She says the need to standardize signature shades may seem obvious, but it wasn't until 1963 that anyone actually tried to do it. Every printing ink company had their own standard book, she says, but there wasn't a common language for designers to speak to printers all around the world.
Herbert is proud of the fact that Pantone, based in Carlstadt, N.J., succeeded in creating a common color language. Her father, Lawrence, started it all, combining his major in chemistry with his love of color.
"Color excites," he says. "Color makes people feel good. I mean, imagine yourself opening up your closet and you're feeling kind of down. The first thing you're going to do is go for that red dress. I want to get out there and do something."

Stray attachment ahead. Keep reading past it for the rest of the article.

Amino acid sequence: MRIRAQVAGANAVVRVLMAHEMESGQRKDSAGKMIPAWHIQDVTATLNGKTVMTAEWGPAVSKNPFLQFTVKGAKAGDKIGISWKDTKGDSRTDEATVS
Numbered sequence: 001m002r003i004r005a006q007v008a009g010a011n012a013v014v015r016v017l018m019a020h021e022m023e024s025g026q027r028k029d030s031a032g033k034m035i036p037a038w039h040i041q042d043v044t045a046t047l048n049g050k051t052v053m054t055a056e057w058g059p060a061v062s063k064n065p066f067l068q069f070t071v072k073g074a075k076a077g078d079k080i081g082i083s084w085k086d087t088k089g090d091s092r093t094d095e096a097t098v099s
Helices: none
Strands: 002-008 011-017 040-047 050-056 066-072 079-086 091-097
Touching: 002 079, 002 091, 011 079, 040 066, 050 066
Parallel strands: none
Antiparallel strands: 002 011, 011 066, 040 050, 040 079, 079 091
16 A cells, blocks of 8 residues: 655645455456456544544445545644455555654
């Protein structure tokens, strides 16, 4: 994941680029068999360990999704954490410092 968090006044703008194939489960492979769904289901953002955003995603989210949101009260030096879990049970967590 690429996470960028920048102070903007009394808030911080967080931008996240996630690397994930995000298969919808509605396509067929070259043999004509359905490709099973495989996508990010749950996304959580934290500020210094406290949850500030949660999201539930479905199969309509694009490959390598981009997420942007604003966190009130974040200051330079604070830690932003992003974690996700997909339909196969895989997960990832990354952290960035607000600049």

More than 40 years ago, Lawrence Herbert persuaded a small group of American dye makers to use his very specific formulas, identified by number.
They standardized their colors so that everybody could be counted on to get the same red or the same blue.